Garth Kant is WND Washington news editor. Previously, he spent five years writing, copy-editing and producing at "CNN Headline News," three years writing, copy-editing and training writers at MSNBC, and also served several local TV newsrooms as producer, executive producer and assistant news director. He is the author of the McGraw-Hill textbook, "How to Write Television News."More ↓Less ↑
When is cutting someone’s beard a hate crime worthy of a life sentence? When the federal government says so.
Instead of the life sentence recommended by the government, a federal judge sentenced community leader Bishop Samuel Mullet to 15 years in prison. The judge sentenced 15 of Mullet’s followers to two-to-seven years in prison, including six women.
Steven Dettelbach, the U.S. Attorney for the Northern District of Ohio, said, “It sends a message that the judge agreed that these were extremely serious crimes that require similarly serious sentences.”
Edward Bryan, the attorney who represented Mr. Mullet, said, “I was relieved that the judge didn’t follow the government’s recommendation for a life sentence, though I still believe the judge’s sentence was way too much.”
Bryan said a personal dispute should not have been turned into a federal crime, much less a hate crime.
“There was overkill involved in this case,” he argued. “The government had no business getting involved in this case the way they did. To justify it, they did everything they could to make a boogey man out of my defendant. He’s actually the opposite. He’s a decent, loving man.”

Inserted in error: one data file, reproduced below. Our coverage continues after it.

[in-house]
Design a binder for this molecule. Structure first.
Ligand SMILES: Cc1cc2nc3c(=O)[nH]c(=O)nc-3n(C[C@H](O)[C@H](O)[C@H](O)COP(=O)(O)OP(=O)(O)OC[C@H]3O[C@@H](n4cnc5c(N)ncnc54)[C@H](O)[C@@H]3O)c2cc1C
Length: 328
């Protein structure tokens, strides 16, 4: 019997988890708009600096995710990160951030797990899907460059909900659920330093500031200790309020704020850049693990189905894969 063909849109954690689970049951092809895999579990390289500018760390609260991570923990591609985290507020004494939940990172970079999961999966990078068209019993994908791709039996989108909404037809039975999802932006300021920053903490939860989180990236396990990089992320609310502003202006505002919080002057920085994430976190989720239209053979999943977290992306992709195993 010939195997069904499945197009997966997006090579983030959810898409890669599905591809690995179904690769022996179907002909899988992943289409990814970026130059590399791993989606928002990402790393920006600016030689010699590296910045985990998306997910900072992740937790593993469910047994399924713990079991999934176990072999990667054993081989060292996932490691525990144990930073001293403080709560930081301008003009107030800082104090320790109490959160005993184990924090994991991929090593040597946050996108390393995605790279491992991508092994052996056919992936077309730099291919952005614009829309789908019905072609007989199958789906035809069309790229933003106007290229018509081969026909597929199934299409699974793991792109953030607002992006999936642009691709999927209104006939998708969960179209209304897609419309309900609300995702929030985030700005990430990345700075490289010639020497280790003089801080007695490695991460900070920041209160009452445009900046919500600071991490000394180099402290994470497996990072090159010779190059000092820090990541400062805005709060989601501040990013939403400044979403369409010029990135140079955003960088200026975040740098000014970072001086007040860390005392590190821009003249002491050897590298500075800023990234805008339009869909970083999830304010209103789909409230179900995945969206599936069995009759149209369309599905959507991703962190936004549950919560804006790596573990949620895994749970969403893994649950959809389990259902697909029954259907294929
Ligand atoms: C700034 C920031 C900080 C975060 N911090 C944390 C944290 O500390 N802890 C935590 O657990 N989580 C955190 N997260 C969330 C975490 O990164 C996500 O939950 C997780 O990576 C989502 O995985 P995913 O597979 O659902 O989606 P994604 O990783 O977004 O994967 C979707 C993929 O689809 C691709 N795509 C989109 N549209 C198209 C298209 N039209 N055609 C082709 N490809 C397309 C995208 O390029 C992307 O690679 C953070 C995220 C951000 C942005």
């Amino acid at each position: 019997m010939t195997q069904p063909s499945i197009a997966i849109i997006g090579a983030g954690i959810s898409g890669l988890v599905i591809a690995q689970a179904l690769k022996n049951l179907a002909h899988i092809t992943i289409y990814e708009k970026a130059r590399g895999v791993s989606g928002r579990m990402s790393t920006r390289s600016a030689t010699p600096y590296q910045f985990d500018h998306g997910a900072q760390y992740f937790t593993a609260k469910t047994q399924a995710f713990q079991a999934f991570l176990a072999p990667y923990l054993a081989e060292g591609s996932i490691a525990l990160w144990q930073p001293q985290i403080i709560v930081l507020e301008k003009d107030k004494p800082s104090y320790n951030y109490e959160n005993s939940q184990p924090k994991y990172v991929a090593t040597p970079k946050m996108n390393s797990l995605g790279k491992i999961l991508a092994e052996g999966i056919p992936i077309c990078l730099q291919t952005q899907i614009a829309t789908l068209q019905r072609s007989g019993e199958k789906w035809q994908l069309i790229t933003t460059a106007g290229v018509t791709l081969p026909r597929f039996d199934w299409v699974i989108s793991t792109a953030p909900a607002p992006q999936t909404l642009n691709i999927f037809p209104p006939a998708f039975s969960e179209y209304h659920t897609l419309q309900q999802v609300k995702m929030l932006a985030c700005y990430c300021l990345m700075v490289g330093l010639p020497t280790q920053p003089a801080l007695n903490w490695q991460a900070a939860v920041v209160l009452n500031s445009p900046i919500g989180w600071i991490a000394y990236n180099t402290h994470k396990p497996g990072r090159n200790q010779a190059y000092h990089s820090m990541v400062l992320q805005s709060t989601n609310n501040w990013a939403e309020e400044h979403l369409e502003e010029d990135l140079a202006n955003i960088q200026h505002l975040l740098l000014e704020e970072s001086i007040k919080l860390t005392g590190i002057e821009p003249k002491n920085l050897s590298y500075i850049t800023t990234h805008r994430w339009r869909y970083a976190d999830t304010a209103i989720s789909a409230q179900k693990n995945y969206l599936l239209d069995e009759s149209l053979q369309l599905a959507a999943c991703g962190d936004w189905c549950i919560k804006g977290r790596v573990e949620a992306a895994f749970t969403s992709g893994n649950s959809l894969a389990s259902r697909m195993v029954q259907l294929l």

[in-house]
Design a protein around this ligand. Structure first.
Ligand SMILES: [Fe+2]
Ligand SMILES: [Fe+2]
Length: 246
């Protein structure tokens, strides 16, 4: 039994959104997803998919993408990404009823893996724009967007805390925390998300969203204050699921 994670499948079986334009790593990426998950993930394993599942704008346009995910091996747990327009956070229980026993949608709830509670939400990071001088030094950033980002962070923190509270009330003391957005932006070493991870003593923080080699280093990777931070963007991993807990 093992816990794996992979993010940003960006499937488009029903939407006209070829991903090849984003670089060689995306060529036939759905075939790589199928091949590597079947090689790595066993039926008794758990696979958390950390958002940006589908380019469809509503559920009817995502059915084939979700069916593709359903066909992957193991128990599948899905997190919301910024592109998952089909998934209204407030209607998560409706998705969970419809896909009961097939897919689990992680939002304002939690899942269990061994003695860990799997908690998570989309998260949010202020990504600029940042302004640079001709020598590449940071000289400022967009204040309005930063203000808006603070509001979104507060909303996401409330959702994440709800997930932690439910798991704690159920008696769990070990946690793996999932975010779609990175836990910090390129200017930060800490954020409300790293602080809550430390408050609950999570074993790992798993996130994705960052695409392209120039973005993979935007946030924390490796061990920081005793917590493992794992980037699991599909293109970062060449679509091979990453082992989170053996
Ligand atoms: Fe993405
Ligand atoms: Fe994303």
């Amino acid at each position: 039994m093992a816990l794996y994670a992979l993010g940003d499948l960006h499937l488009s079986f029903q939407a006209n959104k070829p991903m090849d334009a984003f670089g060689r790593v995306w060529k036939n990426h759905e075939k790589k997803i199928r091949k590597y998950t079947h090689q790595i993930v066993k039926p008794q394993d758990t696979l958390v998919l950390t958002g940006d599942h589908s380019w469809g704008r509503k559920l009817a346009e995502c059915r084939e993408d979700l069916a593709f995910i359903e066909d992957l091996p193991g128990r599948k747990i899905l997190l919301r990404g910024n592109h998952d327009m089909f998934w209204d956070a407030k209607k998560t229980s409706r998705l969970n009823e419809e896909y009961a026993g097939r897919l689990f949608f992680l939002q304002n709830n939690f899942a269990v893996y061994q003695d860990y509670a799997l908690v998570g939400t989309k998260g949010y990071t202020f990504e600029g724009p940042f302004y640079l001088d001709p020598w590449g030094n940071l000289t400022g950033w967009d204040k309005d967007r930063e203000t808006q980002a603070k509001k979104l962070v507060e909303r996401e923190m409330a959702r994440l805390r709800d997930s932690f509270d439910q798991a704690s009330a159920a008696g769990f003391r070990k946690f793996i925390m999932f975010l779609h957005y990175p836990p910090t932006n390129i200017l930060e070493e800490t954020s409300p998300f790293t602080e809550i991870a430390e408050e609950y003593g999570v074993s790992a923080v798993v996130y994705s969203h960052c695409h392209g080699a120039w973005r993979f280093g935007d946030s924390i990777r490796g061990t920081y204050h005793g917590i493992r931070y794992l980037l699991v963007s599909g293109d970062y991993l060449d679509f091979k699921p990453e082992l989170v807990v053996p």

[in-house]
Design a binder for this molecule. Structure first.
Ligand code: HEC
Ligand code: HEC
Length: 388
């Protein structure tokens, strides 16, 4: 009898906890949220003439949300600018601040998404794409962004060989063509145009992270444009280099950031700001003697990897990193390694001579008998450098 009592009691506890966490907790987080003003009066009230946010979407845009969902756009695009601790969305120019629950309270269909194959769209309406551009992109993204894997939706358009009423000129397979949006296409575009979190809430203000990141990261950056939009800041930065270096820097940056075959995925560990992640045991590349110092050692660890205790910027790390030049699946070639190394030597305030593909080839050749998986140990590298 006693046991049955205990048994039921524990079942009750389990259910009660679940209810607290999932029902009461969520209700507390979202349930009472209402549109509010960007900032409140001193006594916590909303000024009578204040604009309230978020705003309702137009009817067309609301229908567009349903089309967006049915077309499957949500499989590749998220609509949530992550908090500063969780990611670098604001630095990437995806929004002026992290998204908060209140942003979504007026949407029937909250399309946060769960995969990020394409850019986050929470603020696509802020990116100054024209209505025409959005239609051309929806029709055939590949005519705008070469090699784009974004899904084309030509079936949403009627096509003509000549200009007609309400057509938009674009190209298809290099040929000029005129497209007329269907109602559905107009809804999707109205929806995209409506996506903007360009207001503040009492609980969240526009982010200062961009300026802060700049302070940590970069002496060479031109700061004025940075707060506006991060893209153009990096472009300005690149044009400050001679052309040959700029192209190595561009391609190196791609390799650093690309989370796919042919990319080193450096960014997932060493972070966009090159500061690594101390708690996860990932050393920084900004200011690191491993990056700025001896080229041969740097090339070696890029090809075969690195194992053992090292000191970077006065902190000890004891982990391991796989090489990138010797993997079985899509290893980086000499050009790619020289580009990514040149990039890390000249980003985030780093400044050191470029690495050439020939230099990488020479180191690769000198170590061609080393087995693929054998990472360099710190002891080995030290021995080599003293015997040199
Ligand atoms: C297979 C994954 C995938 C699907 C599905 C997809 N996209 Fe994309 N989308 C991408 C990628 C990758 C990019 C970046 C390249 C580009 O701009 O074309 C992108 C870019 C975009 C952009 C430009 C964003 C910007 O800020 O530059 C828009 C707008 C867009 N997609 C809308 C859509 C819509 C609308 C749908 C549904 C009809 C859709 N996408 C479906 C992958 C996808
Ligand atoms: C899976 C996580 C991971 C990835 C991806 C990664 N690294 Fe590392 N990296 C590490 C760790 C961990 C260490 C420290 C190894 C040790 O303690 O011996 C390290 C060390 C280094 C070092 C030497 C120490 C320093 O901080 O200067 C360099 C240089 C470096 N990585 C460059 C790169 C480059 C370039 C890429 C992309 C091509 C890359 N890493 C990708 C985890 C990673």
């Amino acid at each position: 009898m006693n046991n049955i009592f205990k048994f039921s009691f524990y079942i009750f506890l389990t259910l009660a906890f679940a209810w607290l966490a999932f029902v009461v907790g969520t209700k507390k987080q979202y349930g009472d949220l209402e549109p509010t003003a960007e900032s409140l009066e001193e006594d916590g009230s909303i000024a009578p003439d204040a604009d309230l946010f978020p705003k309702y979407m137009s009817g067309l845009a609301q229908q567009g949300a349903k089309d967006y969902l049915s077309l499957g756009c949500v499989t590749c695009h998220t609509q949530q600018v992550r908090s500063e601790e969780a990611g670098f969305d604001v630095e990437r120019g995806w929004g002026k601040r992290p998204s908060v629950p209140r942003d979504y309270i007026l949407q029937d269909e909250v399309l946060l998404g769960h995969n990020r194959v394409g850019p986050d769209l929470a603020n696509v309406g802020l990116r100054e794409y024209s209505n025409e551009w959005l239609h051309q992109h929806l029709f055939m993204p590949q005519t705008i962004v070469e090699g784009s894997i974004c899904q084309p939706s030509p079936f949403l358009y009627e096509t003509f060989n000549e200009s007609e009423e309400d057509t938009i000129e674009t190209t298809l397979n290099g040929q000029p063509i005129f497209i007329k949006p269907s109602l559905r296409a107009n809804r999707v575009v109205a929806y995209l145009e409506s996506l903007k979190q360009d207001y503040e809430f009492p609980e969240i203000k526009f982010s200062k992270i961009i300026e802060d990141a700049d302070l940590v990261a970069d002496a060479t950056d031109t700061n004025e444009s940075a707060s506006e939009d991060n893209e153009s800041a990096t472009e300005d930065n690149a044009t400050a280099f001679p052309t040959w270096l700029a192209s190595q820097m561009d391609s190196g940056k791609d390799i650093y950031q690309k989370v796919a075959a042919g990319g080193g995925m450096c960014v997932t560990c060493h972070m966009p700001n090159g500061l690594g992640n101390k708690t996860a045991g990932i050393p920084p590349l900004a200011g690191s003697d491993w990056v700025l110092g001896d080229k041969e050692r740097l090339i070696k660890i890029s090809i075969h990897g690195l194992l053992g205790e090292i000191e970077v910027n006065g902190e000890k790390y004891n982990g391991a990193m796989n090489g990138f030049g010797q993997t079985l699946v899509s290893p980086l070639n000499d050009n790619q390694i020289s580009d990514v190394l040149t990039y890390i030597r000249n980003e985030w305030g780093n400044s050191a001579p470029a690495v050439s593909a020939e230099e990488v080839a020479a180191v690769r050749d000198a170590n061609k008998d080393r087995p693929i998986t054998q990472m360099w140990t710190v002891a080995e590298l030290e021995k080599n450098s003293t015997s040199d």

Even a spokesman for one of the nation’s leading proponents of hate-crime prosecutions appeared somewhat taken aback by the case.
“This was surprising to many people, that charges were as heavy as they were. I’m not disputing them, but it was a very vigorous prosecution by the government to say the least,” said Mark Potok of the Southern Poverty Law Center. “The case reflects a willingness of the government to go after hate criminals in a very heavy way.”
The FBI defines a hate crime as a crime demonstrating bias. Its website states: “A hate crime is a traditional offense like murder, arson, or vandalism with an added element of bias. For the purposes of collecting statistics, Congress has defined a hate crime as a ‘criminal offense against a person or property motivated in whole or in part by an offender’s bias against a race, religion, disability, ethnic origin or sexual orientation.’ Hate itself is not a crime – and the FBI is mindful of protecting freedom of speech and other civil liberties.”
A fierce advocate for the prosecution of hate crimes, the Anti-Defamation League states.
“These crimes occur because of the perpetrator’s bias or animus against the victim on the basis of actual or perceived status – the victim’s race, religion, national origin, gender, gender identity, or disability.”
The defendants in the Amish hate-crimes convictions share the same religion as their victims.
The Amish are traditionalist Christians who favor simple living, plain dress, rural living and self-sufficiency. They avoid modern technology, which could present a challenge for them in prison.